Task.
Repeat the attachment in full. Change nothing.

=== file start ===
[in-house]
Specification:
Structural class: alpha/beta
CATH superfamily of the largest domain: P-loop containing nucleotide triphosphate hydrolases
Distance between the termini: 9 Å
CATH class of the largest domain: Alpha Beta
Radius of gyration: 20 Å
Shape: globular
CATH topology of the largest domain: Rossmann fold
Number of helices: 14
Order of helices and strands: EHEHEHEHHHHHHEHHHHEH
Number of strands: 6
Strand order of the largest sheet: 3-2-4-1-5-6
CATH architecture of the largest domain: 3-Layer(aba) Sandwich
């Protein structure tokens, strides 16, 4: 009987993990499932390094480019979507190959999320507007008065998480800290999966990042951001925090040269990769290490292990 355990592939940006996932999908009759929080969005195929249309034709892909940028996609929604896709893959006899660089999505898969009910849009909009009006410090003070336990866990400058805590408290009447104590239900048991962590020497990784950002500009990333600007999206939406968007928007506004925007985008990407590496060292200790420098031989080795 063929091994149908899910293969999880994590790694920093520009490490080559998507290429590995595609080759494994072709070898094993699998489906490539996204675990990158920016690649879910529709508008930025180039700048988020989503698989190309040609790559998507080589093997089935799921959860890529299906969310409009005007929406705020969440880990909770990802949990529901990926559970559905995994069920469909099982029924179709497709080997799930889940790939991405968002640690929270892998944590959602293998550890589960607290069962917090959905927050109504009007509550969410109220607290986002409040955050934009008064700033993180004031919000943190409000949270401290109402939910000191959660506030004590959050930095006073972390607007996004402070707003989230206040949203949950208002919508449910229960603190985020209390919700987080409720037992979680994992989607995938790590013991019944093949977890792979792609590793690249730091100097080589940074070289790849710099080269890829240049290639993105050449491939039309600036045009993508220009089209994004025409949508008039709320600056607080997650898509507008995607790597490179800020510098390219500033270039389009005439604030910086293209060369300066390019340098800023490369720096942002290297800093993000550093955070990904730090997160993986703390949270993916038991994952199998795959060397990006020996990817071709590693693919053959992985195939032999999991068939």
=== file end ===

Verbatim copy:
[in-house]
Specification:
Structural class: alpha/beta
CATH superfamily of the largest domain: P-loop containing nucleotide triphosphate hydrolases
Distance between the termini: 9 Å
CATH class of the largest domain: Alpha Beta
Radius of gyration: 20 Å
Shape: globular
CATH topology of the largest domain: Rossmann fold
Number of helices: 14
Order of helices and strands: EHEHEHEHHHHHHEHHHHEH
Number of strands: 6
Strand order of the largest sheet: 3-2-4-1-5-6
CATH architecture of the largest domain: 3-Layer(aba) Sandwich
């Protein structure tokens, strides 16, 4: 009987993990499932390094480019979507190959999320507007008065998480800290999966990042951001925090040269990769290490292990 355990592939940006996932999908009759929080969005195929249309034709892909940028996609929604896709893959006899660089999505898969009910849009909009009006410090003070336990866990400058805590408290009447104590239900048991962590020497990784950002500009990333600007999206939406968007928007506004925007985008990407590496060292200790420098031989080795 063929091994149908899910293969999880994590790694920093520009490490080559998507290429590995595609080759494994072709070898094993699998489906490539996204675990990158920016690649879910529709508008930025180039700048988020989503698989190309040609790559998507080589093997089935799921959860890529299906969310409009005007929406705020969440880990909770990802949990529901990926559970559905995994069920469909099982029924179709497709080997799930889940790939991405968002640690929270892998944590959602293998550890589960607290069962917090959905927050109504009007509550969410109220607290986002409040955050934009008064700033993180004031919000943190409000949270401290109402939910000191959660506030004590959050930095006073972390607007996004402070707003989230206040949203949950208002919508449910229960603190985020209390919700987080409720037992979680994992989607995938790590013991019944093949977890792979792609590793690249730091100097080589940074070289790849710099080269890829240049290639993105050449491939039309600036045009993508220009089209994004025409949508008039709320600056607080997650898509507008995607790597490179800020510098390219500033270039389009005439604030910086293209060369300066390019340098800023490369720096942002290297800093993000550093955070990904730090997160993986703390949270993916038991994952199998795959060397990006020996990817071709590693693919053959992985195939032999999991068939």